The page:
Last week, the Champaign City Council held a study session on the “Use Of Technology To Address Violent Crime.” The study session was led by the Champaign Police Department, which asked for tens of thousands of dollars of funding to acquire surveillance cameras, automated license plate readers, and gunshot detection technology. Before the meeting, council members were provided with a 20-page memo that outlined CPD’s case: what it’s asking for, where and how technology is planned to be deployed, and the cost.
As we’ve previously written, addressing gun violence is complicated and will require myriad solutions that must be continuously evaluated. We are not convinced that a mass surveillance of our Black, Brown, and poor neighbors is one of those solutions. The city council must offer public feedback sessions before approving the deployment of these technologies.
We cannot recount each and every idea and comment from each councilperson, but we encourage you to watch the entire session online. It’s long, and yes, even boring, but can provide you with the specific comments your elected representative(s) provided. In brief, the study session can be summed up in the following asks from the Champaign Police Department:
- Five surveillance cameras, $17,740 (these would be publicly marked)
- One mobile video trailer, $34,291
- One investigative camera, $5,050 (this would be covert and unmarked, to be used in investigations)
- 36 Automated License Plate Readers (ALPRs), $99,000 for the first year and $90,000 for the second year
- Gunshot Detection Technology (GDT) to be used to monitor the Garden Hills neighborhood, free for the first year
- The ALPRs and the GDT would be acquired through a lease with Flock Safety, an Atlanta-based company founded by two white men. The GDT would be free for a year, a bonus add-on to the lease for the ALPRs. CPD was not initially interested in GDT; it was added on to this memo when Flock offered it for free.
There were two votes: one for pursuing the cameras and ALPRs, and one for pursuing the GDT. Davion Williams (District 1) was the only no vote on the ALPRs. Alicia Beck (District 2), Michael Foellmer (District 4), and Williams were the only no votes on the GDT. As a whole, the council voted the measures out of the study session, and will take a proper vote on them at a future meeting.
Residents of Champaign — this editorial board included — have been calling for elected officials to do something about the massive uptick in shooting incidents and homicides this year. The comments from city council members generally seemed to reflect the tension between appearing to do something and appearing to do nothing; the frustration and resignation among city council members was palpable. Almost all of the city council members expressed concern about creating a surveillance state, and the liabilities of this sort of data being stored on the servers of the company from which the ALPRs and GDT are leased. But in the end only one member voted against the cameras and ALPRs and three against the GDT. The council seems eager to demonstrate they are “doing something,” but is that something the right thing? That something — increased surveillance in parts of our community — was presented by the Champaign Police Department, not the city council members or the various organizations working to make change.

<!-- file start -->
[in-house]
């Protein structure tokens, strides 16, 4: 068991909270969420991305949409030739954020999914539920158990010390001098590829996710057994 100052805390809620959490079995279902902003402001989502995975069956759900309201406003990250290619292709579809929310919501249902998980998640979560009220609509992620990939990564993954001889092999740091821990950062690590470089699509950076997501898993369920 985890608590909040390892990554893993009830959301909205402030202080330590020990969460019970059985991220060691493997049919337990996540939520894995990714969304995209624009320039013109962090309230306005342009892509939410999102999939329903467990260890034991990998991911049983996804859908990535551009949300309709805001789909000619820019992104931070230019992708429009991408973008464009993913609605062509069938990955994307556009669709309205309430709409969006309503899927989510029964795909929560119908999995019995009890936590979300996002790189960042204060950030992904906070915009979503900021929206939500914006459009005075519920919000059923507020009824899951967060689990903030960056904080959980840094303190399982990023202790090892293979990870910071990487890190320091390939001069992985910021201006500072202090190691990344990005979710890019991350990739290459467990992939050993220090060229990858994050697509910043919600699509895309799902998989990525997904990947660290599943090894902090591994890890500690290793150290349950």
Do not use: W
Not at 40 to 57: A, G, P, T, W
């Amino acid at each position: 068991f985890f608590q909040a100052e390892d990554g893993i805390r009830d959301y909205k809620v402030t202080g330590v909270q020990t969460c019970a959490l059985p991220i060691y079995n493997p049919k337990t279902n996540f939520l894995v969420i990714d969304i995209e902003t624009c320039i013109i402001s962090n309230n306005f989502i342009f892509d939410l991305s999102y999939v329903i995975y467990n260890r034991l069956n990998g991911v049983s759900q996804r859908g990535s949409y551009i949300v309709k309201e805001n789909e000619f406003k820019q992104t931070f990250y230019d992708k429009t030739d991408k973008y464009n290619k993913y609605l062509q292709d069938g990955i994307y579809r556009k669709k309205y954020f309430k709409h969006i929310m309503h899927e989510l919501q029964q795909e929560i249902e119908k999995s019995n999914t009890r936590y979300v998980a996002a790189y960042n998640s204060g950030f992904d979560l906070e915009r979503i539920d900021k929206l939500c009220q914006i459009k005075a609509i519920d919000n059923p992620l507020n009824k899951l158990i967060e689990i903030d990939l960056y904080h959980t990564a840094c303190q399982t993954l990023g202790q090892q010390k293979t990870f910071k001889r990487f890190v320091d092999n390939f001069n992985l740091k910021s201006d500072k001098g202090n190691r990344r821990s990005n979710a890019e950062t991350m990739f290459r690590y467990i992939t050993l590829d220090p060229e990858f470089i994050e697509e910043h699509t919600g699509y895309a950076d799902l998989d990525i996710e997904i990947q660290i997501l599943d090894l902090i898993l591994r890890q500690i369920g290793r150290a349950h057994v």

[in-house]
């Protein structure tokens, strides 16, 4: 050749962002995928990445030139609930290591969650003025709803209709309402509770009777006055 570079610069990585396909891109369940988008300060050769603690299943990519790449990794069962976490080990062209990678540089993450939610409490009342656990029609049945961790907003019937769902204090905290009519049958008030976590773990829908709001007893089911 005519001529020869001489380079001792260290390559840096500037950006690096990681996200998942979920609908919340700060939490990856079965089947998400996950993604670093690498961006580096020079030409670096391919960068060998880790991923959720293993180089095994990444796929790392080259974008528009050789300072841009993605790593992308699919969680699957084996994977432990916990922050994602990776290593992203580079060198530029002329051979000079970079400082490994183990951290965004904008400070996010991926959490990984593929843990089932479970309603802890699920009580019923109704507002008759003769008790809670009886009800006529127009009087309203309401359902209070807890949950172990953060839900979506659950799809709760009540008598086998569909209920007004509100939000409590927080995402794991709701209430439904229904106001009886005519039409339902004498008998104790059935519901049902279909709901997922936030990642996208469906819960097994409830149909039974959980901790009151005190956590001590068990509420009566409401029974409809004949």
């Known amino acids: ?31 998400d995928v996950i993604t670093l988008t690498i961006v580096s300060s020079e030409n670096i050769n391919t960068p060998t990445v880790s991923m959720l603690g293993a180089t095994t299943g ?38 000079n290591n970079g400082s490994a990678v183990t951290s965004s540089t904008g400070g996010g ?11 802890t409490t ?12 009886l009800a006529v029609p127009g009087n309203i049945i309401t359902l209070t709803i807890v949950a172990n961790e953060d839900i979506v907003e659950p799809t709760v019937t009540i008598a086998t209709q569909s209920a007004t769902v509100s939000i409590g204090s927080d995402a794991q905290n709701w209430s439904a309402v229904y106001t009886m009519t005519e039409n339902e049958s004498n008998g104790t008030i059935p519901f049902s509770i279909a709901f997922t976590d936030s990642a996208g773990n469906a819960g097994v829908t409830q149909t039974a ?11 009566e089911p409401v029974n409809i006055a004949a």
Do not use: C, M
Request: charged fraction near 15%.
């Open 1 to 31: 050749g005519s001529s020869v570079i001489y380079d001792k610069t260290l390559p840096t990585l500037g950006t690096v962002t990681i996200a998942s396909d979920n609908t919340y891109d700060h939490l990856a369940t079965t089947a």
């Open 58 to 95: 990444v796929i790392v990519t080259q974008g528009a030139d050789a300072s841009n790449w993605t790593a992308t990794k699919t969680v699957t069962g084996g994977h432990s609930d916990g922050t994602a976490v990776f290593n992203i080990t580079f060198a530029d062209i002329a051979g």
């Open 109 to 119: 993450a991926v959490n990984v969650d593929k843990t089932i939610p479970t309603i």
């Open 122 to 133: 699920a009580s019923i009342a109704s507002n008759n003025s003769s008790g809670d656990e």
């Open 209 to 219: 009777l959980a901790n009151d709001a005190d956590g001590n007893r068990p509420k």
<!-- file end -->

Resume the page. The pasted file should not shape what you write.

Let’s step back and consider what has been proposed.
Currently, CPD relies on private camera footage from the security systems and Ring doorbells of residents to conduct some of their investigations. In that regard, it seems to make sense that CPD should have their own cameras and their own footage. Per the memo, these cameras would be in public spaces and record video only, no audio. There wasn’t much discussion among city council members about the cameras; there seemed to be a silent approval of that component.
Do surveillance cameras prevent crime? Probably not all that much. Is that type of footage helpful in solving crimes? Certainly there is an argument to be made for that, but video evidence is not a simple recording of life or an arbiter of Truth™. It’s a tool that must be implemented by humans, who are all flawed and subject to biases. They are expensive, and require regular assessments of their efficacy.
Most of the discussion was about the use of ALPRs and GDT. The ALPRs use photos to capture license plates. These photos also include partial images of the cars — enough to determine make, model or body type, and color — but allegedly do not capture images of the car’s occupants. These images are stored on Flock’s servers for 30 days, and can be downloaded and entered into evidence (where appropriate) by CPD. The database is searchable and can be shared with other Flock ALPR users, like the Peoria, Rantoul, and Springfield police departments, for instance. These license plate readers would be placed on “arterial roads” as well as in neighborhoods of interest. The exact locations haven’t been shared, but the map below can offer some guidance.